How to Add a Description to a Book on Google Play

First, for anyone who is trying to solve this problem, here is the solution (at least for now):

Add or edit summary of Partner Program book

The basic issue is that Google typically gets its book summaries from third-party meta-data providers.  If you’re self-publishing, those third parties probably don’t know your book exists.  If you go through the help materials, you won’t find a solution to your problem.  Only once you attempt to contact Google directly for help do they walk you through a questionnaire that eventually leads you to the precious web form that I’ve linked to above.

If you would like to appreciate the value of a good — or even moderately competent — user experience designer, attempt to publish a book on Google Play.  It’s like a parody of bad UI.  Please, Google, you gotta do something.

For those who want to know the background here, read on.  For everyone else, I hope you found this post helpful.  The rest is just my tale of woe.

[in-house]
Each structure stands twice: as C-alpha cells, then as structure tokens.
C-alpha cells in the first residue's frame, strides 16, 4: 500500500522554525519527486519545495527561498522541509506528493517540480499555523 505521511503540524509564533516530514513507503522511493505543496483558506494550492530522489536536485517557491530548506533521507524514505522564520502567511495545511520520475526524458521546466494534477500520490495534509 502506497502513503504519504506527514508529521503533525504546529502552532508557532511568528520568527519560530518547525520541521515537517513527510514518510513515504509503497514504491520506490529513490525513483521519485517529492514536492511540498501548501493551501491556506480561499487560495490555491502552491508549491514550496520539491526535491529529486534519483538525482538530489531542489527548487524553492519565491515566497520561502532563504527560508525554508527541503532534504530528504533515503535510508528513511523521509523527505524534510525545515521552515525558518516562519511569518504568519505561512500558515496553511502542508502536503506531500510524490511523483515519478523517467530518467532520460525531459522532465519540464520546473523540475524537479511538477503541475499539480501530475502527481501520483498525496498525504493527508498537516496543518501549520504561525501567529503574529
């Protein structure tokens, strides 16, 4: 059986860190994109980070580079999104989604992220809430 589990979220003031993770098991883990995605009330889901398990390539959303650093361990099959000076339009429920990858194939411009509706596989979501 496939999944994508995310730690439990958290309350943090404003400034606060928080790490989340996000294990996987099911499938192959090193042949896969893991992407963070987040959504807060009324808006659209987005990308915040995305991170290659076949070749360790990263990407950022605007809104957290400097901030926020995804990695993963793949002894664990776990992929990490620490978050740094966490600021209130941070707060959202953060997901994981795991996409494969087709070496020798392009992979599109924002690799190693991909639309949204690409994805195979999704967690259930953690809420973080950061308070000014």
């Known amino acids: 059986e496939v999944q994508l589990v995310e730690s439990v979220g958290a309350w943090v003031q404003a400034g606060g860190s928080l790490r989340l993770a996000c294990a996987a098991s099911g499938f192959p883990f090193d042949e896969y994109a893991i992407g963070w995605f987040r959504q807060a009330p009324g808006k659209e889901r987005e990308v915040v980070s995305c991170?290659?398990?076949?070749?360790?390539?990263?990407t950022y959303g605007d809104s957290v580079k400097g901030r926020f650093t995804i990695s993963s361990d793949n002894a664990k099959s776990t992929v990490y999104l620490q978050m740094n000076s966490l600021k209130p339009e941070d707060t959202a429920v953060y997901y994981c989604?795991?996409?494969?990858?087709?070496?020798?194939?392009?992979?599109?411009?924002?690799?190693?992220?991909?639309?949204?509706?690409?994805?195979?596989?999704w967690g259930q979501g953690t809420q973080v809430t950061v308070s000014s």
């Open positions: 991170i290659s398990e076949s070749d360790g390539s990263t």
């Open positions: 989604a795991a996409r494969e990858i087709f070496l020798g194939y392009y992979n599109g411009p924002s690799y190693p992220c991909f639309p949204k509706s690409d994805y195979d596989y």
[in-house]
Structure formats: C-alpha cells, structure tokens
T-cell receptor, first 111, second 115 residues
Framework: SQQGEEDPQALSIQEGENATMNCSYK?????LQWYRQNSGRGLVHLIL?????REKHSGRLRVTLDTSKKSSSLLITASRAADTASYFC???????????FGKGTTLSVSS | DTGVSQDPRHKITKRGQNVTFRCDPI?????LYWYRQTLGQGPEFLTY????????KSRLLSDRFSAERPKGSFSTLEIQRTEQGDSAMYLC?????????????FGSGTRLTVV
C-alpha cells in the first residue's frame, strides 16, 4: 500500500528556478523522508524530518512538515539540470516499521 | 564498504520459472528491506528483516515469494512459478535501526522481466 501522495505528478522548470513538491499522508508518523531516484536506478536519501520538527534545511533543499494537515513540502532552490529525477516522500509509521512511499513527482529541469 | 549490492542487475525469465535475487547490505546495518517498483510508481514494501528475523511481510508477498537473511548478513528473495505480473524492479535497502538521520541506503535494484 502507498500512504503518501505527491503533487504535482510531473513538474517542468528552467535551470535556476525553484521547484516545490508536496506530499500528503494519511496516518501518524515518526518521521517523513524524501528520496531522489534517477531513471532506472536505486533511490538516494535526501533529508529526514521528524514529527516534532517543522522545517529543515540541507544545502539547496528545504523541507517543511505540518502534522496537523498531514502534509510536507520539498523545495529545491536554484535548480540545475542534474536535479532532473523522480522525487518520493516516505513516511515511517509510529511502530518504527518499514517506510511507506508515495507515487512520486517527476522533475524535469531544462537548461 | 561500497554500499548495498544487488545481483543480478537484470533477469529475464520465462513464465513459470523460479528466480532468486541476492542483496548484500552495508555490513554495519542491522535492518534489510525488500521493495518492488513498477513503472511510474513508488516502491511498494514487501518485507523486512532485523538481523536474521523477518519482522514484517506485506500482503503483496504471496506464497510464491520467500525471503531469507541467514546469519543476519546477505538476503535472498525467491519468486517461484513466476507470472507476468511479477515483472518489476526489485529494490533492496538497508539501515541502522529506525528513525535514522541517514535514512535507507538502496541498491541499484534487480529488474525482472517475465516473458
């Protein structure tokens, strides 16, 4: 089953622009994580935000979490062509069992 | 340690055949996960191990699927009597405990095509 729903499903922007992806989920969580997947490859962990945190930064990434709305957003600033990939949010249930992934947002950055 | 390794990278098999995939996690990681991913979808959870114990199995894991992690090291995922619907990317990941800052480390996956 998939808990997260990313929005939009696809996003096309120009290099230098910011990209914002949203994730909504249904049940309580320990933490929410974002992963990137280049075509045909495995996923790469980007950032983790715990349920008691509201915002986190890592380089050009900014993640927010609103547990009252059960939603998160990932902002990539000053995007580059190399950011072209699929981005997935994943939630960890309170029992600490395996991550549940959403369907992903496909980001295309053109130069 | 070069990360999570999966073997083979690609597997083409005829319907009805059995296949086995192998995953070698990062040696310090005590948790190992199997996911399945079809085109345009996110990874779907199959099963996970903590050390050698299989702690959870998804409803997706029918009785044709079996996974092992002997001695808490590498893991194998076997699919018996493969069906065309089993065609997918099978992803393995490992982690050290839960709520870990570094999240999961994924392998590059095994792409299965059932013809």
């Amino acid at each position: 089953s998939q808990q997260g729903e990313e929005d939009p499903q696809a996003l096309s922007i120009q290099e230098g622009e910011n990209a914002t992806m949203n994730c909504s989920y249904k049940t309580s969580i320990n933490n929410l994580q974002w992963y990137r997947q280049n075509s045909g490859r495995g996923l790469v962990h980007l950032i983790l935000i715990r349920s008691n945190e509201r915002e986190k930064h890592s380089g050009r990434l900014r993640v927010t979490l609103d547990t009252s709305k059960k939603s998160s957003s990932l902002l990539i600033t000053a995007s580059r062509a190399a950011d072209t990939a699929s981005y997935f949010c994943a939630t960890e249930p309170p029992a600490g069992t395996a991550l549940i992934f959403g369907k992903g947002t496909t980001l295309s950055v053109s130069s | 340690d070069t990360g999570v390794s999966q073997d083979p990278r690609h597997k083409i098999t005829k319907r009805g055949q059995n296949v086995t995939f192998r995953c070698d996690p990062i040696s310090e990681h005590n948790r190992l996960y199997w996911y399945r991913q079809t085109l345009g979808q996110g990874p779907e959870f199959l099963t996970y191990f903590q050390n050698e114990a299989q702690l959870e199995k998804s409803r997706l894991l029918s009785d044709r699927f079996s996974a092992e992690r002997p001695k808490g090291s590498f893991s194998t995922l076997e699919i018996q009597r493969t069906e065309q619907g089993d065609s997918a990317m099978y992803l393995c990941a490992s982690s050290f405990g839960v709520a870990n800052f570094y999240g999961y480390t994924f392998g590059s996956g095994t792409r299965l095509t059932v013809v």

In going through the painfully obtuse process of making Upload available on Google Play, I encountered a problem that had me baffled: how to add a summary/description/blurb to display alongside the book.  This concept of a brief introduction to your book is ubiquitous on bookseller websites.  Even on Google Play, most books have a short paragraph explaining the book, to entice the buyer into reading customer reviews, skimming the preview, possibly even buying the book.